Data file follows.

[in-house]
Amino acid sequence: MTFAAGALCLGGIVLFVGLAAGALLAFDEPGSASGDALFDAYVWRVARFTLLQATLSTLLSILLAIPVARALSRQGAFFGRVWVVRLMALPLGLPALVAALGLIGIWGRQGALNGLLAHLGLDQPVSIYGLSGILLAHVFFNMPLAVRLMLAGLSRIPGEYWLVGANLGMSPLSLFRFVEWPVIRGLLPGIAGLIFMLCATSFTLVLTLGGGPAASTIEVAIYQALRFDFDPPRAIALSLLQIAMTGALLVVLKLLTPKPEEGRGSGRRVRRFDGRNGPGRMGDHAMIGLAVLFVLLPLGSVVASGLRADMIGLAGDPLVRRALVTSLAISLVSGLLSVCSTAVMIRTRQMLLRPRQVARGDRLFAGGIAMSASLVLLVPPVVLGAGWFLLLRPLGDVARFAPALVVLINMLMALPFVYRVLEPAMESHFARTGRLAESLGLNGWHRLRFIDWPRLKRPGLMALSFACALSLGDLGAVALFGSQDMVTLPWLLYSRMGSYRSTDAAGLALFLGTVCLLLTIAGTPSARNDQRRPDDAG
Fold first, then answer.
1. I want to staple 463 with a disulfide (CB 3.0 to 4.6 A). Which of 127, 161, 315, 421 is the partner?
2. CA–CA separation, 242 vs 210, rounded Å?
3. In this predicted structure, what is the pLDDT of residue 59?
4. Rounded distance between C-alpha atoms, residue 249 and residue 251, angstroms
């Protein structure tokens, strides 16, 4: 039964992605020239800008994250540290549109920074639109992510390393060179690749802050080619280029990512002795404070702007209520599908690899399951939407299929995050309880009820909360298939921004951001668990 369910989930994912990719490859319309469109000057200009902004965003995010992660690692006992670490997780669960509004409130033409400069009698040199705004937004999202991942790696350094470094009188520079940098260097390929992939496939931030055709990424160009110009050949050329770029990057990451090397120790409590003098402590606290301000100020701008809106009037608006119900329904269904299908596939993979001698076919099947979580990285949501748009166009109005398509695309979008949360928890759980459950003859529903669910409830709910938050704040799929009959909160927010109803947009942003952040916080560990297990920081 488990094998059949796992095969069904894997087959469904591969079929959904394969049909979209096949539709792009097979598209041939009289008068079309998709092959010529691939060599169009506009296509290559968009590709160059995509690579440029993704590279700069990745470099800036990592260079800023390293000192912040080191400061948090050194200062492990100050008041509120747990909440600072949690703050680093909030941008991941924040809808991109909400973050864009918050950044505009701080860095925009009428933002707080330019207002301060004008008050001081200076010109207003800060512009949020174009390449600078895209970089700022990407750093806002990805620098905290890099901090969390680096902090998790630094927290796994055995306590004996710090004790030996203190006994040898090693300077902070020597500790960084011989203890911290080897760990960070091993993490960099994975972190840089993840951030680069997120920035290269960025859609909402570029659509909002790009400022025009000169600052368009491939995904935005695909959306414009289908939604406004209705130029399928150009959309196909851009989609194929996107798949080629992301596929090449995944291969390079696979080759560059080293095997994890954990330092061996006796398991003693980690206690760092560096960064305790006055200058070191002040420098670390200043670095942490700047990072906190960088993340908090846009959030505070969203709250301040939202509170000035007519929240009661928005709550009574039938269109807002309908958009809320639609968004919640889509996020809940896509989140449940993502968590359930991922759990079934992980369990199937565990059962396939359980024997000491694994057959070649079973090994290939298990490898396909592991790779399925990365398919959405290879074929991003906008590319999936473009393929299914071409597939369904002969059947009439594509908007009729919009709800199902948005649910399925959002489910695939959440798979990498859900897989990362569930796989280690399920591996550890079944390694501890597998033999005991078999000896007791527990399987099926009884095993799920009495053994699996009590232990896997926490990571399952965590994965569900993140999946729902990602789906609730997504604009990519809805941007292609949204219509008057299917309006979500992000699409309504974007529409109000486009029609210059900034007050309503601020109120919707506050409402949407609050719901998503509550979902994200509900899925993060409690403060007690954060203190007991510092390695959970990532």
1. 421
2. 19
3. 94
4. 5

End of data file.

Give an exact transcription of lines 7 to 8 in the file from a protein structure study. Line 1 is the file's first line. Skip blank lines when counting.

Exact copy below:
4. Rounded distance between C-alpha atoms, residue 249 and residue 251, angstroms
């Protein structure tokens, strides 16, 4: 039964992605020239800008994250540290549109920074639109992510390393060179690749802050080619280029990512002795404070702007209520599908690899399951939407299929995050309880009820909360298939921004951001668990 369910989930994912990719490859319309469109000057200009902004965003995010992660690692006992670490997780669960509004409130033409400069009698040199705004937004999202991942790696350094470094009188520079940098260097390929992939496939931030055709990424160009110009050949050329770029990057990451090397120790409590003098402590606290301000100020701008809106009037608006119900329904269904299908596939993979001698076919099947979580990285949501748009166009109005398509695309979008949360928890759980459950003859529903669910409830709910938050704040799929009959909160927010109803947009942003952040916080560990297990920081 488990094998059949796992095969069904894997087959469904591969079929959904394969049909979209096949539709792009097979598209041939009289008068079309998709092959010529691939060599169009506009296509290559968009590709160059995509690579440029993704590279700069990745470099800036990592260079800023390293000192912040080191400061948090050194200062492990100050008041509120747990909440600072949690703050680093909030941008991941924040809808991109909400973050864009918050950044505009701080860095925009009428933002707080330019207002301060004008008050001081200076010109207003800060512009949020174009390449600078895209970089700022990407750093806002990805620098905290890099901090969390680096902090998790630094927290796994055995306590004996710090004790030996203190006994040898090693300077902070020597500790960084011989203890911290080897760990960070091993993490960099994975972190840089993840951030680069997120920035290269960025859609909402570029659509909002790009400022025009000169600052368009491939995904935005695909959306414009289908939604406004209705130029399928150009959309196909851009989609194929996107798949080629992301596929090449995944291969390079696979080759560059080293095997994890954990330092061996006796398991003693980690206690760092560096960064305790006055200058070191002040420098670390200043670095942490700047990072906190960088993340908090846009959030505070969203709250301040939202509170000035007519929240009661928005709550009574039938269109807002309908958009809320639609968004919640889509996020809940896509989140449940993502968590359930991922759990079934992980369990199937565990059962396939359980024997000491694994057959070649079973090994290939298990490898396909592991790779399925990365398919959405290879074929991003906008590319999936473009393929299914071409597939369904002969059947009439594509908007009729919009709800199902948005649910399925959002489910695939959440798979990498859900897989990362569930796989280690399920591996550890079944390694501890597998033999005991078999000896007791527990399987099926009884095993799920009495053994699996009590232990896997926490990571399952965590994965569900993140999946729902990602789906609730997504604009990519809805941007292609949204219509008057299917309006979500992000699409309504974007529409109000486009029609210059900034007050309503601020109120919707506050409402949407609050719901998503509550979902994200509900899925993060409690403060007690954060203190007991510092390695959970990532």